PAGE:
How to make a photo mosaic in Photoshop.
Follow these helpful steps to create a cool photo mosaic of your own.
What is a photo mosaic?
A photo mosaic is a striking variation of a photo collage where you place multiple photos next to each other to create a bigger, often more impactful design. Just like the colorful pieces in a jigsaw puzzle, each mosaic tile is comprised of unique, individual photos that when combined, turns your whole photo set into a single, beautiful visual.
Read on to learn not just how to create your very own photo mosaic, but also to discover some best practices that will make the process fast and fun.
Before you begin: Mosaic-making tips and more.
Making a photo mosaic is both an art and a science. You want creativity, color, and high design— but you also want precision, coherence, and an image that makes sense. To help strike that balance — while also making the process easier — keep these tips in mind:
- Choose a simple source image. The more intricate the source image (or the photo you’re trying to recreate with individual pictures,) the more difficult it is to fill in with smaller images, and the more complicated the resulting mosaic will look. Look for source images with large blocks of color, pronounced shadow, and few details. That way, you can easily fill in shadows, lights, colors, and textures with your images.
- Follow the rule of 150. Make sure you have enough photos to fill in your mosaic. If you don’t have enough images, you won’t be able to size them down enough to create the bigger picture. With too many, you might lose sight of the larger composition. Aim for about 150 pictures for your mosaic, providing the diversity of colors and pixels that a compelling photo mosaic requires.
- Resize your images. Mosaic images must all be the same size, so you’ll need to resize them before you start. Although you can crop and resize photos in Adobe Photoshop, if you're dealing with a lot of mosaic images it’s faster and easier to batch resize them in Adobe Photoshop Lightroom.
- Let the colors speak for themselves. Avoid using an auto-colorization tool to create a smoother overall image. While it might look better from a distance, you’ll end up washing out or oversaturating the individual images — and those smaller photos are part of the photo mosaic fun. Let the colors in your images work for the broader composition without forcing it.
5 steps to a photo mosaic in Photoshop.
1. Select and prepare your photos.
Use as many images as you like, but 144 is a good number because it will get you closest to a perfect square. Consider using duplicate photos. In fact, using the same photos repeatedly helps make the pattern in your mosaic less obvious.
Make any adjustments to your photos now, like cropping or color correcting, and then put those soon-to-be mosaic images into a folder.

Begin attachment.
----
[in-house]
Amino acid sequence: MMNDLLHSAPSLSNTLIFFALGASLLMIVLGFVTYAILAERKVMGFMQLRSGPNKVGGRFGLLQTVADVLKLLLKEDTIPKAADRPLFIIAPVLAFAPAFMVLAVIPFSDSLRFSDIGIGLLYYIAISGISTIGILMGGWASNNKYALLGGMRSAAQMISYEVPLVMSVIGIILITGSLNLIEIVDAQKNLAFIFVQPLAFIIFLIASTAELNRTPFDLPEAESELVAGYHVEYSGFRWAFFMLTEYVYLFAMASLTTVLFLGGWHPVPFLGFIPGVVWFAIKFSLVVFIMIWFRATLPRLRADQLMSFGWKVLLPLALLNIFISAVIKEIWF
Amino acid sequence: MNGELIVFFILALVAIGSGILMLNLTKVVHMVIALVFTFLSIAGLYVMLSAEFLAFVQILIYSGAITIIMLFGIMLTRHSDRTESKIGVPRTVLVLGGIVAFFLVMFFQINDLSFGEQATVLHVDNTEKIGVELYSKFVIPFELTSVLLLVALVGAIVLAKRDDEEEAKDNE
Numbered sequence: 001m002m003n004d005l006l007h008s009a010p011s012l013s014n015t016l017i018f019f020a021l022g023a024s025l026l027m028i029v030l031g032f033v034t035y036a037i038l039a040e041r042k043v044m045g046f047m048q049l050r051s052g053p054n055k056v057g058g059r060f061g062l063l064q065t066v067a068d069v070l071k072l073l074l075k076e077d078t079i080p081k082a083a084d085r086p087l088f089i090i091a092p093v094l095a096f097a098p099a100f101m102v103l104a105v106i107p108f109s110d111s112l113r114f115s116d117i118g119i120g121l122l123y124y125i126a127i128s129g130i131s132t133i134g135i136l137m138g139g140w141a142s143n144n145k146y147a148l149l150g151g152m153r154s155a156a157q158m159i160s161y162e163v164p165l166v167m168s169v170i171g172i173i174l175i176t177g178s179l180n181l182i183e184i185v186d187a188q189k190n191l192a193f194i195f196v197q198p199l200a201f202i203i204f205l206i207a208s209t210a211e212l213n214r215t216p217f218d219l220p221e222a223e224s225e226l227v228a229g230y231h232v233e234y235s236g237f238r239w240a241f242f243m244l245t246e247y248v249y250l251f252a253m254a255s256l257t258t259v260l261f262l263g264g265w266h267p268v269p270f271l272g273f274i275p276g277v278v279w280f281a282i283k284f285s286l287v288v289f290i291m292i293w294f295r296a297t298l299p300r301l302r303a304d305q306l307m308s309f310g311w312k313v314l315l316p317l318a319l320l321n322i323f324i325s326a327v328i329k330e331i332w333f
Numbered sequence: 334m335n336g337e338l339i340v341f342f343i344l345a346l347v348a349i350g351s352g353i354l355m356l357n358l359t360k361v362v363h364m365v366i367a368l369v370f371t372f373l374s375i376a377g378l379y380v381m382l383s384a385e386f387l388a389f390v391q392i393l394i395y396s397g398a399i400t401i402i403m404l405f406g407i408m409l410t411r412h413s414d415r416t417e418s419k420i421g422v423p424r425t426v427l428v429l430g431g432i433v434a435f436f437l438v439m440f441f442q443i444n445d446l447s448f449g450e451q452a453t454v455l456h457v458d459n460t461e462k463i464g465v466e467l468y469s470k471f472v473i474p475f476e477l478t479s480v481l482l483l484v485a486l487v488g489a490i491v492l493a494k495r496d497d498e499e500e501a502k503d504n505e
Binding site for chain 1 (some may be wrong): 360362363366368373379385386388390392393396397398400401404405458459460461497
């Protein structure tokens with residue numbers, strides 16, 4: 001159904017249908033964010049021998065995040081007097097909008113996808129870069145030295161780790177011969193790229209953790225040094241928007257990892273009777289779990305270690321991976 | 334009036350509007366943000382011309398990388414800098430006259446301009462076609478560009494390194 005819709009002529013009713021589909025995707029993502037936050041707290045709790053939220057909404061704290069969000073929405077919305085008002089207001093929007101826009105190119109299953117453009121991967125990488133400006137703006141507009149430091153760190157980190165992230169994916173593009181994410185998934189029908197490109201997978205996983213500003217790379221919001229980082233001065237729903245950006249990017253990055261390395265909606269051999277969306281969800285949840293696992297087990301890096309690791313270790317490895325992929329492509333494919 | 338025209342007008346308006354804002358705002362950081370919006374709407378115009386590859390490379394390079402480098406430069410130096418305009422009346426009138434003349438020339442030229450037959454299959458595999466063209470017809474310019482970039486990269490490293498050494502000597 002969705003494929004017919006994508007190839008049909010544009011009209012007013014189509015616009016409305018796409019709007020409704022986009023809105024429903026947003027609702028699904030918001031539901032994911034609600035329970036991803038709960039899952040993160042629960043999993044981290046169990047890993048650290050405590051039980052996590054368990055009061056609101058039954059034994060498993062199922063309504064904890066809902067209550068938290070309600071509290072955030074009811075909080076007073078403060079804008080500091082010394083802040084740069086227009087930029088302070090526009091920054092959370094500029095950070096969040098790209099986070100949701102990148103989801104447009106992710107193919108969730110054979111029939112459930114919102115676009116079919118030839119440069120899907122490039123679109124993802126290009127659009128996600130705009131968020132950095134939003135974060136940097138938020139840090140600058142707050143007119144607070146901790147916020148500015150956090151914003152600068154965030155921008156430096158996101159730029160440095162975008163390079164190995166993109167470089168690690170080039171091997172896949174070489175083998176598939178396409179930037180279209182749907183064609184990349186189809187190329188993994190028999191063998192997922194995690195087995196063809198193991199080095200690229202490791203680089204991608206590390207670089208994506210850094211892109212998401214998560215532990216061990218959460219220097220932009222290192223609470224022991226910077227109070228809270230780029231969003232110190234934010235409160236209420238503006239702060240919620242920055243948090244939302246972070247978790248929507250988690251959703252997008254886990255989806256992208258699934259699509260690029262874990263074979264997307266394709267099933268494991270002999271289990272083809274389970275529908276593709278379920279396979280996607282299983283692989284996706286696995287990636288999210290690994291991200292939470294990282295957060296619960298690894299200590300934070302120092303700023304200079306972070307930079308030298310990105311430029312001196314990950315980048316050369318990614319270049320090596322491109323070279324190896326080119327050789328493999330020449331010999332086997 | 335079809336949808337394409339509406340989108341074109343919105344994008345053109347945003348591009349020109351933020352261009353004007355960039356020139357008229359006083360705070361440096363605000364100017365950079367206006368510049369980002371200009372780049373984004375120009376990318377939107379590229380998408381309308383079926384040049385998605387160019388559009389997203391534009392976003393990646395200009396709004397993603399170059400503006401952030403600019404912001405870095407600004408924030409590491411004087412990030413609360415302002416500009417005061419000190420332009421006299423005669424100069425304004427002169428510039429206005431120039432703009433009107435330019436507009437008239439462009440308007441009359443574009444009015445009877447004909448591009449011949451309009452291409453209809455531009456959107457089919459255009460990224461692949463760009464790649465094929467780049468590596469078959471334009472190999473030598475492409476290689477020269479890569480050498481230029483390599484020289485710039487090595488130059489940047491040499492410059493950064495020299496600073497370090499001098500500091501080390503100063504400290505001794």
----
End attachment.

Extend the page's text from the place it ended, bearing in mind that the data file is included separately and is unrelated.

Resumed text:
2. Create a contact sheet.
A contact sheet lets photographers look at all their pictures on one or two pages so that they can make the best selection. Use the contact sheet feature in Photoshop to fit all your images into a single canvas. Go to the File menu, click on Automate, and then select Contact Sheet II.
Choose the folder where you placed your prepared images. Specify the details of the contact sheet. For example, uncheck the checkbox under Use Filename As Caption to label thumbnails using their source image filenames and use the menu to specify caption font and font size. Make sure to uncheck the Flatten All Layers box so each photo lands on a separate layer.
3. Arrange the "tiles” and define a pattern.
Now that all your photos are in Photoshop, you can arrange the images or “tiles” however you like on your canvas. This is also the time to play with specifying any color progression that you want displayed.
Next, take those tiles and define your pattern. Go to the Edit menu, select Define Pattern, name your pattern, and click OK.
4. Create a pattern fill layer.
With the named mosaic pattern now ready, you can work on how the bigger picture will look. Return to your source image, click on the “Create new fill or adjustment layer” icon, and select “Pattern” from the dropdown menu. Set the scale at which you want your images to appear and click OK. Change the blend mode to “Overlay” to see the tiles overlay the source image while preserving its highlights and shadows.
5. Make your final adjustments.
Adjustments are a matter of personal preference. For example, you can improve the look of your final image by using Brightness/Contrast to switch focus from the mosaics to the main subject or make changes to the Hue and Saturation and more, all in the Adjustments window in Photoshop.
When you’re done, just save it, print it, frame it, and hang what’s sure to be an amazing conversation piece on the wall.
Turn up the volume on your photo art.
Photo mosaics are a fun and unique way to use original photography, but there’s so many more cool ideas you can play with using your entire camera roll in Adobe Photoshop. Take a moment to check out these tips and tricks to get some creative inspiration today.